The Egyptian terror groups also contributed their share to the suicide phenomenon. Each of the two leading groups, the Gama’a al-Islamiya and the Egyptian Islamic Jihad (Jihad Group) carried out one attack. The Gama’a al-Islamiya operated in Croatia in October 1995, attacking a local police station in Rijake. This was a retaliatory act to the disappearance of one of the group’s leaders in Croatia and his eventual extradition to Egypt. The Jihad Group used two suicide bombers to destroy the Egyptian embassy in Pakistan causing 15 fatalities and wounding dozens (November 1995). This was attack too was in retaliation for Pakistani-Egyptian cooperation in extraditing terrorists to Egypt.

It should be noticed that both groups avoided using such tactics on Egyptian soil. This can be attributed to their reluctance to alienate their constituency in Egypt by causing the indiscriminate death of innocent bystanders. The greater efficiency of the security forces in Egypt as compared to that in other countries may also have played a role.


Another group that has used suicide terror attacks in the past is the Kurdistan Worker’s Party (PKK). The PKK has carried out a total of 21 suicide attacks or attempted attacks (15 attacks were actually carried out and 6 were intercepted). Its suicide campaign started on 30 June 1996 and ceased on 5 July 1999 at the decision of its leader Abdullah Ocalan. This terror campaign caused relatively low casualties: 19 were killed and 138 were wounded.[3]

The PKK resorted to suicide terrorism at a time when it was facing heavy military setbacks in Southeast Turkey, which had had an adverse effect on the moral of its members. Since the group’s terrorist activities have declined constantly between 1994-1996 the organization was seeking an effective means to reverse this trend and to boost the moral of its fighters. Suicide missions were therefore chosen as a consolidating tool. They served as a demonstration of the PKK’s capability to operate and to damage their enemies. The attacks demonstrated the supreme willingness to sacrifice everything, including one’s life for the Kurdish national goals. For some time, such attacks were used for retaliatory purposes.


al-Qaida headed by Osama bin Ladin is the last group to have resorted to suicide attacks and has a close operational connection to the Egyptian groups. Al-Qaida was responsible for two of the most spectacular and lethal suicide attacks in recent times. The simultaneous attacks against the American embassies in Nairobi and in Dar-e-Salaam in August 1998 resulted in 300 fatalities and five thousands wounded, most of them innocent local bystanders. (tables 2 and 3.)

The role of women in suicide terrorism

Women have played an important role in the terrorist activity of some of the prominent groups that use suicide terrorism. In general this prominence is limited to the organizations with a nationalist orientation. The fundamentalist Islamic terror groups have never let women to take part in their terrorist activities, let alone in suicide terrorism.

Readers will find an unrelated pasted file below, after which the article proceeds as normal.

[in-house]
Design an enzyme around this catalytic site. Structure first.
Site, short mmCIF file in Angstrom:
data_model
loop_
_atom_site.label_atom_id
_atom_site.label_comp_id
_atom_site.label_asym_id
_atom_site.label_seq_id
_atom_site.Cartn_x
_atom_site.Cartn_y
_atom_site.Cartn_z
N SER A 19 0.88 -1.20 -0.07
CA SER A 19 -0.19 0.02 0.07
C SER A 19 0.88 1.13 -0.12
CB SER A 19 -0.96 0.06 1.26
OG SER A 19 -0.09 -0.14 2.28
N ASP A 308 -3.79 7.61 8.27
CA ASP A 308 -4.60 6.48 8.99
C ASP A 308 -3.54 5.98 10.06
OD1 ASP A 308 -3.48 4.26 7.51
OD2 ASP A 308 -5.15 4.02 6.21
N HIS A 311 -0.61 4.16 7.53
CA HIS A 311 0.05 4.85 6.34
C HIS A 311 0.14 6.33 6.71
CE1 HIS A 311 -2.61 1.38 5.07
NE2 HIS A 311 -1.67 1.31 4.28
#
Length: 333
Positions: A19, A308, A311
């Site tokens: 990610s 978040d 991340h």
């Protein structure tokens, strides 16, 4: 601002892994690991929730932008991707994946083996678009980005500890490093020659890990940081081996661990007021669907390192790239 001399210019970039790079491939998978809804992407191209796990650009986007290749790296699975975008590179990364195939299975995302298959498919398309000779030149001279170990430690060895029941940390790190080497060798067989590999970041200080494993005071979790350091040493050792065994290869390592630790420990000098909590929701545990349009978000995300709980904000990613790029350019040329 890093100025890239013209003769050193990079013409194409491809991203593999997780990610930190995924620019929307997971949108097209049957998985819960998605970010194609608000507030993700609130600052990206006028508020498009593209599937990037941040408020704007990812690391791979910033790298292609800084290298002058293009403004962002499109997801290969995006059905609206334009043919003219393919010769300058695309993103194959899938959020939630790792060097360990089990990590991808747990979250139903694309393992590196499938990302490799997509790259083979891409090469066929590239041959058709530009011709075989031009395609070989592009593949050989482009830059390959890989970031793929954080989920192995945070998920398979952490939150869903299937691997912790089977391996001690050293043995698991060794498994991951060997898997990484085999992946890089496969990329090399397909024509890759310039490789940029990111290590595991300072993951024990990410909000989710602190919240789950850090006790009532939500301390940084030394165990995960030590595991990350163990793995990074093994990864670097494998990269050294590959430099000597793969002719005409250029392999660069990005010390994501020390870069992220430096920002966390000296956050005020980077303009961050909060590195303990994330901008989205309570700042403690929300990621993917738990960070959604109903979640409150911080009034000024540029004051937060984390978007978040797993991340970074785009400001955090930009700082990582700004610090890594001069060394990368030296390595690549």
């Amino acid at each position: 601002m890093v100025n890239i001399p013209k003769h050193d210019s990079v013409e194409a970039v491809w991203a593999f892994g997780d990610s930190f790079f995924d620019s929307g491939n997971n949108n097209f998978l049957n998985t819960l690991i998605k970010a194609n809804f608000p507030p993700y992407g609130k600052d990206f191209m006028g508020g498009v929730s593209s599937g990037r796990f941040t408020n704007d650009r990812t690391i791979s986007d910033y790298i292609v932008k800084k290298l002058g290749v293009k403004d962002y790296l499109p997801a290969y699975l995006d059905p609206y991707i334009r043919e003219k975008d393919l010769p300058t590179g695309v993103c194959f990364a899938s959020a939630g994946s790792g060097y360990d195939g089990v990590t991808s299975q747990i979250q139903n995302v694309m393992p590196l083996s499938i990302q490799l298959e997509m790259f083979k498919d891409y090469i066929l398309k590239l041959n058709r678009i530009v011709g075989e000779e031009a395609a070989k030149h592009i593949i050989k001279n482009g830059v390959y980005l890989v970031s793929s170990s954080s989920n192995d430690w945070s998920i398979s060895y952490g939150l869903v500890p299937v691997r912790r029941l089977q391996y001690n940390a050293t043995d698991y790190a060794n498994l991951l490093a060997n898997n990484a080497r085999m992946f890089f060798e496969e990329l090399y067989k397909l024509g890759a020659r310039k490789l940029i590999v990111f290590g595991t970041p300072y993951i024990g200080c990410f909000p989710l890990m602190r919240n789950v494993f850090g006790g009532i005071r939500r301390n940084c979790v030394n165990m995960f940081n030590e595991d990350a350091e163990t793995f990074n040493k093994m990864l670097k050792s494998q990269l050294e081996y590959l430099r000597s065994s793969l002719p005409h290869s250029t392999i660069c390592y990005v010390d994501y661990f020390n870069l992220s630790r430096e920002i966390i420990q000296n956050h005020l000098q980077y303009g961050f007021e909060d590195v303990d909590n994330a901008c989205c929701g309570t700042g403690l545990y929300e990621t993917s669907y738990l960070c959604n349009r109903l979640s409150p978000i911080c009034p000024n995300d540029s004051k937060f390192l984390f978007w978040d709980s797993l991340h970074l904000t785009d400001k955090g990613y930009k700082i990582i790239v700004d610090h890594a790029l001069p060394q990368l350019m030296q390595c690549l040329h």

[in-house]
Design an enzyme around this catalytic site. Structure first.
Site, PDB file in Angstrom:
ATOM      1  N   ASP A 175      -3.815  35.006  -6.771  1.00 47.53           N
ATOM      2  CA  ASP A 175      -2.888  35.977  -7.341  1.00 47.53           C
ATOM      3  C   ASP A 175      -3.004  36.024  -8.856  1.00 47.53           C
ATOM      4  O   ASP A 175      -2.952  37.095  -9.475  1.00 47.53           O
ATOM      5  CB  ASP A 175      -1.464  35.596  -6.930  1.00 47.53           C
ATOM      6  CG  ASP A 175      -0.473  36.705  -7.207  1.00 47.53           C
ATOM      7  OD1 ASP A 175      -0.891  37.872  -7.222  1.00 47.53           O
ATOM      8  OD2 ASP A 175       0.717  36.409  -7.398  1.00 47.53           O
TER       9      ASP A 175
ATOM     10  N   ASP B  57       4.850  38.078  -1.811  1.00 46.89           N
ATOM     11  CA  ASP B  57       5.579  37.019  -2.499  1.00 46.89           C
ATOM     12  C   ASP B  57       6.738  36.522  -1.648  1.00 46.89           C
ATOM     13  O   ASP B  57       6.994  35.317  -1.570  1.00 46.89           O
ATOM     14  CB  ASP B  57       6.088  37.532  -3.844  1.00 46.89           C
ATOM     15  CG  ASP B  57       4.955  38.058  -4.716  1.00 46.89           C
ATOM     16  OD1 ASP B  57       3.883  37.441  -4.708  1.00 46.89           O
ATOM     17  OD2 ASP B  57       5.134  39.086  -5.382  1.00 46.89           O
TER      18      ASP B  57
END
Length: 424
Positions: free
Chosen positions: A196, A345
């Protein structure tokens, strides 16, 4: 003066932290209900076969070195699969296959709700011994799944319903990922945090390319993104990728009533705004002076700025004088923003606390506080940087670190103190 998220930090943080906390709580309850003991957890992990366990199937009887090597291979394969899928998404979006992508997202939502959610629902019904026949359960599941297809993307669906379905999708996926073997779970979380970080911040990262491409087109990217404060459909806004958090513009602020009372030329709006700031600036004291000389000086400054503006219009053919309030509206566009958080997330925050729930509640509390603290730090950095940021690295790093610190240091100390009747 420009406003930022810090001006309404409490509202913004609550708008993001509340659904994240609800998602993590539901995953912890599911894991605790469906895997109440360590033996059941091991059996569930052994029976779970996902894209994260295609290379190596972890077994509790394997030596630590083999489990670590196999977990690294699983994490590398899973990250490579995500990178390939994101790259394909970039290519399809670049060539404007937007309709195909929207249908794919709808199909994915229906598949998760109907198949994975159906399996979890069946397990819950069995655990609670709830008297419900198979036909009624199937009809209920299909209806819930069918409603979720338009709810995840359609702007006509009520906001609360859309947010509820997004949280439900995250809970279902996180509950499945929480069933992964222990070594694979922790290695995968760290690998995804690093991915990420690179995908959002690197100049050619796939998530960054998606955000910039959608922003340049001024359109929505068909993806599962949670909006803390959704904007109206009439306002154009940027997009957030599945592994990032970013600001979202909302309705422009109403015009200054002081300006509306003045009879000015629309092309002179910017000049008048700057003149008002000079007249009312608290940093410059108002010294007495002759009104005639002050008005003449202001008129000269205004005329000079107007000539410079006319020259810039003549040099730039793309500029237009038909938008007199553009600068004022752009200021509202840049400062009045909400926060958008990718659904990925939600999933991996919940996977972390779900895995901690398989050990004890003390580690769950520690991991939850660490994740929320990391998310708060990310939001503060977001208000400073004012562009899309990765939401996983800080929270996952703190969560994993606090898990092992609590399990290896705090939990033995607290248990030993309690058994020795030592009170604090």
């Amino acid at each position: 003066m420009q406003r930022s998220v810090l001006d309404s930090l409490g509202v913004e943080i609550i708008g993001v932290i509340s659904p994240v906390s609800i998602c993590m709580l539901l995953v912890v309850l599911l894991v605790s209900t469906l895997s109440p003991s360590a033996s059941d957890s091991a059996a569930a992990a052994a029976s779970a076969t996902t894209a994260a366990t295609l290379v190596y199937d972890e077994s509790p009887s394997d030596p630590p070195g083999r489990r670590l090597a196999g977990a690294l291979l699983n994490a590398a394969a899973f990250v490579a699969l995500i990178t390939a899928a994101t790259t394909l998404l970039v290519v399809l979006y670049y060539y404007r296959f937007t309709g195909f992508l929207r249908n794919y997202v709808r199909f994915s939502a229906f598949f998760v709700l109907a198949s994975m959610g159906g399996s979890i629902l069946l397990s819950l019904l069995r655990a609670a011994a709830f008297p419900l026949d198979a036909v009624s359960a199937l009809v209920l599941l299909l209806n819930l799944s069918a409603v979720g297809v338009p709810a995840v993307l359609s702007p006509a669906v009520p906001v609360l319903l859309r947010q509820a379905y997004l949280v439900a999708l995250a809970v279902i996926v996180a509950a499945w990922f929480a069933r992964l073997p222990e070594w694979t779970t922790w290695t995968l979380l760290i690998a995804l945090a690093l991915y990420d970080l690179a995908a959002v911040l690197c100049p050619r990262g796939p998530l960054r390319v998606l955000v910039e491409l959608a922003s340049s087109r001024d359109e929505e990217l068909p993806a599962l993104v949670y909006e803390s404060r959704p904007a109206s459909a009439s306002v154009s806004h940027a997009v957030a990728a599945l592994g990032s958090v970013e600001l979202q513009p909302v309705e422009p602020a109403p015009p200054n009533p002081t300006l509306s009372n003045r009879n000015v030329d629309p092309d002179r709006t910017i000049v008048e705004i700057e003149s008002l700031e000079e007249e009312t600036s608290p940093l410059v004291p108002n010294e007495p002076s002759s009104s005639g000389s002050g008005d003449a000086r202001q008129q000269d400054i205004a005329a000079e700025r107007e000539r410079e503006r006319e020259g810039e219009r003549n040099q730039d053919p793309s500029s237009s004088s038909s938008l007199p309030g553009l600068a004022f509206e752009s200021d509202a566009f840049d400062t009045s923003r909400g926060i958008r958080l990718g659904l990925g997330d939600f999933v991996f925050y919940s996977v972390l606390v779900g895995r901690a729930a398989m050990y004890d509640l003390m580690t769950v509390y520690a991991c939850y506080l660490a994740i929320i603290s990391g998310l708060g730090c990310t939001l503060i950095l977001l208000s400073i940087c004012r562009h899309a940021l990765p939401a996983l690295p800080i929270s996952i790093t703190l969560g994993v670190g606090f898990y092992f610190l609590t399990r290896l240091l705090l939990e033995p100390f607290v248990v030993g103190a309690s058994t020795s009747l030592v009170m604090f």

The nationalist groups, such as the PKK, the LTTE and the P.P.S. enable women to participate in their most extreme modus operandi. The leaders of these groups often exploit the female members’ profound desire to prove equality with their male peers and encourage—some times even manipulate them—to “volunteer” for such missions.

Women’s share in suicide attacks was in high percentage: In the LTTE they participated in about 30% to 40% of the group’s overall suicide activities. In the PKK, women carried out 11 out of 15 attacks, while the perpetrators of 3 out 6 attacks that were intercepted were women. (a total of 14 out of 21 suicide attacks, or 66 % of the total ). In the P.P.S./S.S.N.P. (Syrian Sicialist Nationalist Party) women took part in 5 out of the group’s 12 suicide activities.

The reasons for using women in particular in this kind of operation evolved from a variety of considerations on the part of the organizations. However, all of them, deceptively used the innocent appearance of a “pregnant” woman in order to by-pass the heavy security arrangements while approaching their targets. All of them dwell on women’s desire to prove their abilities and devotion to the organization and to their supreme leader. In several cases, especially in P.P.S there were romantic feelings involved.

Concluding remarks:

Looking at suicide terrorism from a perspective of seventeen years one may conclude that it has not been a “winning card” in the hands of terror organizations, nor has it changed dramatically the inherent imbalance between states and terror organizations in favor of the terrorists. However, it was proven to be an effective instrument in the service of the terrorist’s agenda.

In certain situations invothe presence of military forces on foreign soil or during a delicate period of political negotiations during a peace-process, suicide attacks may have a profound negative influence. For example, Hizballah was successful in its campaign to expel the M.N.F. from Lebanon. Hamas was successful in delaying the implementation of the Oslo accords in the Middle East and the LTTE succeeded in halting the deployment of the Indian peace keeping troops to Sri-Lanka and the subsequent postponement of the peace-talks in Sri-Lanka.

However, most of the groups that were involved in suicide terrorism either stopped using it or eventually reduced it significantly. Thus, suicide terrorism is not increasing though it may spread in future to other areas of conflict given the “copy-cat” nature of terrorism.

The greatest potential risk suicide terrorism may pose in future is if terrorists carry out operations combined with other spectacular tactics such as blowing up airplanes or the use of Weapons of Mass Destruction. Such a combination will increase immensely the death toll of a single terror attack and will have a shocking psychological effect on public moral. At this level suicide terrorism would constitute a genuine strategic threat and would probably be confronted as such.



“Religious Suicide in Islamic Asia,” Stephen Fredric Dale, Department of History Ohio State University.

Rohan Gunaratna, Lecture at ICT Conference: Countering Suicide Terrorism, February 2000.

Professor Dogu Ergil, Lecture at ICT Conference: Countering Suicide Terrorism, February 2000.